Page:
Hurricane preparation for underwritersBy J. Steven Cruz | August 28, 2017
Editor's Note: When we published this article in July, we called attention to 18 potential East Coast hurricanes. We now know the wrath of one of them—Harvey. Here's what underwriters should know about preparing for the next one.
Preparing for the next one
Now through November 30, people on the East Coast could meet Don, Emily, Franklin, Gert, Harvey, Irma, Jose, Katia, Lee, Maria, Nate, Ophelia, Philippe, Rina, Sean, Tammy, Vince, and Whitney—but we hope none of us ever encounter any of them.
Why? Those are the remaining names established for this year’s crop of East Coast hurricanes. When 90-mile-per-hour winds are about to hit, you can count on last-minute articles and TV news segments telling property owners how to get ready. However, waiting until storms are about to strike is too late for insurers. Who prepares insurers—and who does so before you even write a policy?
During their on-site work, Verisk’s ISO field analysts have encountered many situations where they’ve uncovered significant hazards. Here are just a few examples:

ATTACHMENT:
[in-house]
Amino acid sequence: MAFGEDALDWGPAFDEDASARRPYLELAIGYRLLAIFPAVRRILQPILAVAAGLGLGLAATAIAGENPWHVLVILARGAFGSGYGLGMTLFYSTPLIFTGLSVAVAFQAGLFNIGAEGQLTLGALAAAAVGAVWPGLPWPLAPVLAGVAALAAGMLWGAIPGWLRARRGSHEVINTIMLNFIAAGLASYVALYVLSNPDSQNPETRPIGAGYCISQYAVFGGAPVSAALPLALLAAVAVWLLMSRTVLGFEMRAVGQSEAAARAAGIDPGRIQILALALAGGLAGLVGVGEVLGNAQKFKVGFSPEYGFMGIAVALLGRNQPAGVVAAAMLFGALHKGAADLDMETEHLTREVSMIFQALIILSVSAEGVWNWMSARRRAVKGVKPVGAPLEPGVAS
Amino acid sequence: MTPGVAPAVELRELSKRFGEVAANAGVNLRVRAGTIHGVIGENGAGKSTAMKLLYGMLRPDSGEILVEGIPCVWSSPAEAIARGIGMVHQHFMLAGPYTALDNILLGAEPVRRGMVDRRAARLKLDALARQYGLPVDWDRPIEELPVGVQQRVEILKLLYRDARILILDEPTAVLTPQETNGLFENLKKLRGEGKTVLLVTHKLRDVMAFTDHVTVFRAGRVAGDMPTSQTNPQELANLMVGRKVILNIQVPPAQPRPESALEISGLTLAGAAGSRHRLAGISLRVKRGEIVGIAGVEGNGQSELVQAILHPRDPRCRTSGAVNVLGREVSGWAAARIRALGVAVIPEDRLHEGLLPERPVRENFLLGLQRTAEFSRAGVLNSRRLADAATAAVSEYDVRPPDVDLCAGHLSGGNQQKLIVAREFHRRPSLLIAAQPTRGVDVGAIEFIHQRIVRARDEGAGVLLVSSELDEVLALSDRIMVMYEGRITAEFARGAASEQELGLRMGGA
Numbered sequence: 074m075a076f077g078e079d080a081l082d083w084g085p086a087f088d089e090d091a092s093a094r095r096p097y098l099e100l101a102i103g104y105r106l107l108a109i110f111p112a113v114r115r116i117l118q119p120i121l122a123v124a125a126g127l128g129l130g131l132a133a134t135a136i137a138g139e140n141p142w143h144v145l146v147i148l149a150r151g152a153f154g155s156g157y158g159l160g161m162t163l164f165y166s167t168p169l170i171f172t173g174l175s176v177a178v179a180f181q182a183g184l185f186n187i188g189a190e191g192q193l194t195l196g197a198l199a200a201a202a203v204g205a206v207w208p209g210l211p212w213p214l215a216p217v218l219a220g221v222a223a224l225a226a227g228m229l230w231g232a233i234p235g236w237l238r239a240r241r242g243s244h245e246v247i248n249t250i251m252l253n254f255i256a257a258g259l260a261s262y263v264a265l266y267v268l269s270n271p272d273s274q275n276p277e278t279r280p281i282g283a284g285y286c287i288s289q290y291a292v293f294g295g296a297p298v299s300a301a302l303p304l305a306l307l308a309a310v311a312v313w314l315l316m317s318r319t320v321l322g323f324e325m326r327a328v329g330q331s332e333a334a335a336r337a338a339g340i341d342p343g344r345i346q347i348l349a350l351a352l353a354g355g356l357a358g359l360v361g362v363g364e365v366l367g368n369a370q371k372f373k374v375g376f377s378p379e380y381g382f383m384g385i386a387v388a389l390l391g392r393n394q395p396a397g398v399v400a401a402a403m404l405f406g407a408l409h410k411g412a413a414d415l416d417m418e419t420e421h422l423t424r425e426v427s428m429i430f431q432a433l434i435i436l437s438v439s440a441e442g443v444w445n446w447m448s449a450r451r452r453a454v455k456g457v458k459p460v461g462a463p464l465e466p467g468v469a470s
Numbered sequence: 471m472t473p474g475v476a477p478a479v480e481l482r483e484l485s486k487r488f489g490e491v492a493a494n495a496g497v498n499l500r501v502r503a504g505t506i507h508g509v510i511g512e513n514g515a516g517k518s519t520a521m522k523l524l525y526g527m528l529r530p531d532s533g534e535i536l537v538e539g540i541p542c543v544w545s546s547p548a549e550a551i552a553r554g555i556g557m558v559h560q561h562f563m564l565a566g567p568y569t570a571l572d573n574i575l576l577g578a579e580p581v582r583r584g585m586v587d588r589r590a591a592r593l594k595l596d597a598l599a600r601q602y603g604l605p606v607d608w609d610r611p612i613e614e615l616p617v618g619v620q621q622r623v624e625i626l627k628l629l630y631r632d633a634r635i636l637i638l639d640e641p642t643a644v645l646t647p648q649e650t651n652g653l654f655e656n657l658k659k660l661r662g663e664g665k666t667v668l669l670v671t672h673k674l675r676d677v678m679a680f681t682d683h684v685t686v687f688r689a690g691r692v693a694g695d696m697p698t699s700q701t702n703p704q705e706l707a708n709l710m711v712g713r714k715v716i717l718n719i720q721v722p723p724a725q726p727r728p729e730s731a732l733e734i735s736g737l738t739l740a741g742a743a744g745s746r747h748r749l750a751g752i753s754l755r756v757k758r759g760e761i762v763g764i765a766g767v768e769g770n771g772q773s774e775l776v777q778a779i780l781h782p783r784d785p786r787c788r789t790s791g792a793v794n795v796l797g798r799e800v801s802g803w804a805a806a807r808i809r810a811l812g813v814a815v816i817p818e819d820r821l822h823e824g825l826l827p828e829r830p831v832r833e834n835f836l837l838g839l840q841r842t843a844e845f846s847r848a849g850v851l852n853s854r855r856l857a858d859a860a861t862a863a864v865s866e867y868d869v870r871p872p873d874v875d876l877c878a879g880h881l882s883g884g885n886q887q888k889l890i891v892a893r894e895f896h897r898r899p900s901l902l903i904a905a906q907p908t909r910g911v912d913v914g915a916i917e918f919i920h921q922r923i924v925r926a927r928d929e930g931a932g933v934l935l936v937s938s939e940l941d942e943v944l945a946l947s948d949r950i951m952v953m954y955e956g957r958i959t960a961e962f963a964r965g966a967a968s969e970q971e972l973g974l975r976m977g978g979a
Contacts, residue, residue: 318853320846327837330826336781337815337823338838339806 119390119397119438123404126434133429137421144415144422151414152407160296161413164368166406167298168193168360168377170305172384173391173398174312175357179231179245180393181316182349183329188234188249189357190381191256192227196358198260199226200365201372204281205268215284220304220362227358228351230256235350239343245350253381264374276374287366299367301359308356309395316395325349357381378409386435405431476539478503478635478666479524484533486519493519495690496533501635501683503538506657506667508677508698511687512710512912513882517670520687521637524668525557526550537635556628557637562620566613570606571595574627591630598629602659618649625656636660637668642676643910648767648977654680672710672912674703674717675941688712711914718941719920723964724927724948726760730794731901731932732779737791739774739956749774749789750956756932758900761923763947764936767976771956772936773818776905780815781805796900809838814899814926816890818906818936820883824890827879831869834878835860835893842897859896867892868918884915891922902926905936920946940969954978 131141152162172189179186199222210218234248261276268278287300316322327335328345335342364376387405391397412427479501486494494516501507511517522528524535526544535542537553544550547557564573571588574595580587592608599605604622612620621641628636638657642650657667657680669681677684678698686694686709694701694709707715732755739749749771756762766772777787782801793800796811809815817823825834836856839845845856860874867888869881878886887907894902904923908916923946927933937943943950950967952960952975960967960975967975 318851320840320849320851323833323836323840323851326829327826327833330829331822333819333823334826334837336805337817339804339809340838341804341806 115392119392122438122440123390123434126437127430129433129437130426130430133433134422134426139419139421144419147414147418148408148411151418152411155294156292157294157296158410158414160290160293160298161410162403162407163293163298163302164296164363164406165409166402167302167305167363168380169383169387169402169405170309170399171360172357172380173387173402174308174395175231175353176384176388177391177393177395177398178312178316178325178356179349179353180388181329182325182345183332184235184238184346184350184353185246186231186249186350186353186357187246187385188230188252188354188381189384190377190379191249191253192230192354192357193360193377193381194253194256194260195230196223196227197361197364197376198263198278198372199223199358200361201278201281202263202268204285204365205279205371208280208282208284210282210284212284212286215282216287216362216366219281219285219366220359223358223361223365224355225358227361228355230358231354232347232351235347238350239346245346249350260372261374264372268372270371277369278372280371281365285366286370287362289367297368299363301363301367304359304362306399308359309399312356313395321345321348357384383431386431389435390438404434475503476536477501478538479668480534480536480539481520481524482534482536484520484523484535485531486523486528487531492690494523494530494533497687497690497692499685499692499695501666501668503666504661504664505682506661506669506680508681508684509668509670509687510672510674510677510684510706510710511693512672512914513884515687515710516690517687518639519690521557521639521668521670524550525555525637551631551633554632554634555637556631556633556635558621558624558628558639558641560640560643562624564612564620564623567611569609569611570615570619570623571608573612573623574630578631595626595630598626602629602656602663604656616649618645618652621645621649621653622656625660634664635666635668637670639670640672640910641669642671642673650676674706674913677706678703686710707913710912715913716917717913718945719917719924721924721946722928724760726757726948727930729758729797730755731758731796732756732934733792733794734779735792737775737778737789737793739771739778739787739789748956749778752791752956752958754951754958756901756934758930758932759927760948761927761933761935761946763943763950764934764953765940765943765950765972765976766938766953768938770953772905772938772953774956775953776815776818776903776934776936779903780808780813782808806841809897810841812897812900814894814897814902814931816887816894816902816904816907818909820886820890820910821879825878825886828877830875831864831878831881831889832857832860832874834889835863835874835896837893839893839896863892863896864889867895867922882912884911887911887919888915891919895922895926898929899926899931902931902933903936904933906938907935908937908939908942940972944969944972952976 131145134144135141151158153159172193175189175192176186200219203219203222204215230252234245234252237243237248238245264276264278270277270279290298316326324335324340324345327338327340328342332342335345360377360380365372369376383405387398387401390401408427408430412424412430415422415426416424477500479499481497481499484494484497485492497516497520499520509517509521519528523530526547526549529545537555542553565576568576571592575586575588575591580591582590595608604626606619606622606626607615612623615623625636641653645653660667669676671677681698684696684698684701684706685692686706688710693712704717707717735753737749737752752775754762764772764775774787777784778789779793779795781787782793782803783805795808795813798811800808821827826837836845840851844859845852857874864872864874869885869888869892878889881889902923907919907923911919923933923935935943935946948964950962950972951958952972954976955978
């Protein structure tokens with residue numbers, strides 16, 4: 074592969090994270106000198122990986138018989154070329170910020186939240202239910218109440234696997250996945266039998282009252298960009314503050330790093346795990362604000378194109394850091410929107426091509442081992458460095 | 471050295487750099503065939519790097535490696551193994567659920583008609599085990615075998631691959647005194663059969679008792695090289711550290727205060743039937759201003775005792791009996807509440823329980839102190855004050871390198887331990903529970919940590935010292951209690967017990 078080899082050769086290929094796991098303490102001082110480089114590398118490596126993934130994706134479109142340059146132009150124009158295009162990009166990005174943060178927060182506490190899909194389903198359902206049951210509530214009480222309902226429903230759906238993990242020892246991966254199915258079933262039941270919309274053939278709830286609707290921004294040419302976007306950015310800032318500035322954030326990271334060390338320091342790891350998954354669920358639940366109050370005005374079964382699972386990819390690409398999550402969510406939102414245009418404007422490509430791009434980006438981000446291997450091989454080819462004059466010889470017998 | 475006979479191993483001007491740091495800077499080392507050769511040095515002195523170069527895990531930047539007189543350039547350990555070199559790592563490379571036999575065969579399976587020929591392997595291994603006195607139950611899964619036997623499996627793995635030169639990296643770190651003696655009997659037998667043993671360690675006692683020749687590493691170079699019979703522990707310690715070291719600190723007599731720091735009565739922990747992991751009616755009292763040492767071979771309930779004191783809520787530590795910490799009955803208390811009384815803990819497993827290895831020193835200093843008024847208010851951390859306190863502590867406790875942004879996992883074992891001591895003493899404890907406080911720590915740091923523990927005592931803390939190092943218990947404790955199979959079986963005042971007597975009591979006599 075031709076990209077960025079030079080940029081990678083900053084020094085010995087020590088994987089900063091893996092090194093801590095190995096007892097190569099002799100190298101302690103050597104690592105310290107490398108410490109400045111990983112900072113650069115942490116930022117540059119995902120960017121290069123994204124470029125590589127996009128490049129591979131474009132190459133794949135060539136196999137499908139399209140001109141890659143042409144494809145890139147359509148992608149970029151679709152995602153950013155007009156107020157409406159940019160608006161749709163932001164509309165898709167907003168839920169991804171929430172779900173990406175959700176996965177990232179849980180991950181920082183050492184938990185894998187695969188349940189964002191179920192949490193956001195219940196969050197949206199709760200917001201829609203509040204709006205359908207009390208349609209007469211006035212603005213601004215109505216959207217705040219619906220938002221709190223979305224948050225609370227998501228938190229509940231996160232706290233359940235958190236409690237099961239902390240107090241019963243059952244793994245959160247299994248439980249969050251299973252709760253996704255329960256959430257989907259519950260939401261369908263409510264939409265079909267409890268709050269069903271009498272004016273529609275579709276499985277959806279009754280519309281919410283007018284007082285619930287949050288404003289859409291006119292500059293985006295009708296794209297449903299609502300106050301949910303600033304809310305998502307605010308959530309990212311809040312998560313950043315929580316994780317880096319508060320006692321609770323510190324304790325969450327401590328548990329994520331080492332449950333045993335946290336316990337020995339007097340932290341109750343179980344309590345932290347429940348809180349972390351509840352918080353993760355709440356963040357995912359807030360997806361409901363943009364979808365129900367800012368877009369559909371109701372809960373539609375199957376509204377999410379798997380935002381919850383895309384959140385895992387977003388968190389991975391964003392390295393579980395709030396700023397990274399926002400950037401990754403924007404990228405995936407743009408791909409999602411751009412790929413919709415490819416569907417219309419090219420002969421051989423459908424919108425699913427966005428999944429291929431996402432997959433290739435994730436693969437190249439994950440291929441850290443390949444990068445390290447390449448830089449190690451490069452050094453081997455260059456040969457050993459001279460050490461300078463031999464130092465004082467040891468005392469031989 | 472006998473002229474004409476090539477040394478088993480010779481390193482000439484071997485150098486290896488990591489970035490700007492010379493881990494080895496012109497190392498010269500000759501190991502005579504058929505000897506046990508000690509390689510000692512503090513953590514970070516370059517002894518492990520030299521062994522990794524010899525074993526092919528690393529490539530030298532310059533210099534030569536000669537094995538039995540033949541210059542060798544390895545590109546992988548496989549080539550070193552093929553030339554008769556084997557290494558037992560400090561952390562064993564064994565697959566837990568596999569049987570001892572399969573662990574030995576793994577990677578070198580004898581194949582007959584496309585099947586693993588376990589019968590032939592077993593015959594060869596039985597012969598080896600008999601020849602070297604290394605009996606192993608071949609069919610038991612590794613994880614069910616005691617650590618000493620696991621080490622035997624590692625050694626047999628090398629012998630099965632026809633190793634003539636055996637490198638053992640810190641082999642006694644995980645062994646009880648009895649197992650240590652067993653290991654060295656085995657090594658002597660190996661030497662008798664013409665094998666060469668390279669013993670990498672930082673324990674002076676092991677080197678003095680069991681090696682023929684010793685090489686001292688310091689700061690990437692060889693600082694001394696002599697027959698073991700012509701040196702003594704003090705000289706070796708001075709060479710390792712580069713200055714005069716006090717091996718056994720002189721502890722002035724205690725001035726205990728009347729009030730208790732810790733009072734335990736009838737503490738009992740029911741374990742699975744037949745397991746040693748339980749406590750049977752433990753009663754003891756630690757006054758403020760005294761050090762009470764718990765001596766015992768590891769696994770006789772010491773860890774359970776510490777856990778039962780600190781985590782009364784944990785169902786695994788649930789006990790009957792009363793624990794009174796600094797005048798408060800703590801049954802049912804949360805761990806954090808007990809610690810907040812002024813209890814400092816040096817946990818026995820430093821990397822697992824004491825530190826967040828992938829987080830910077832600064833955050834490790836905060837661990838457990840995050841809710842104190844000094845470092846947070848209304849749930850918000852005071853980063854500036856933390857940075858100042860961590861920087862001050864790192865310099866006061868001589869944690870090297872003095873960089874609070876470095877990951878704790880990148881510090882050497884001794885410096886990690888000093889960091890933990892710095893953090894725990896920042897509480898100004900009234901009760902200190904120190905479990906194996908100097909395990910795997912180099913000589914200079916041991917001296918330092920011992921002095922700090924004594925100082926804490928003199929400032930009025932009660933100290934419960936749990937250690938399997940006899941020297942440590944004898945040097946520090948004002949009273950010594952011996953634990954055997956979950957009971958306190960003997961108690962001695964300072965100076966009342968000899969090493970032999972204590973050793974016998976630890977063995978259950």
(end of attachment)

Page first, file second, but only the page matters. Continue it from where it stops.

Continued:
Unsecured mechanical equipment on the roof: Our field analysts encountered heavy equipment secured only with screws into wood blocks. That’s a potential danger and hazard because unsecured equipment can blow off a roof and cause property damage, injuries, or worse. Hurricane-force winds can push improperly secured equipment across the roof surface, tearing into the membrane. Insurers should encourage property owners to secure rooftop equipment properly before anticipated wind events—or premiums may need to reflect such exposure.
Roof cover degradation: Our field analysts found roofs with degradation that should never have occurred. Property owners need to have building maintenance personnel adopt and implement preventive maintenance and roof inspection programs that alert them to potential and active degradation. Weak links such as roof detachment, corrosion, or other damage could tear off roofing during an enhanced wind event. Such risks need to be mitigated before an event occurs.
Substantial building damage due to wind: After a significant wind event, field analysts found a massive piece of a building on the ground and tremendous damage to a roof covered only by a flimsy tarp. Building management should have repaired or addressed many of the roof and building envelope problems before the insurer underwrote the policy. Property owners must handle such exposures in anticipation of potential enhanced wind events—and that doesn’t mean trying to take care of issues when you hear those last-minute TV reports.
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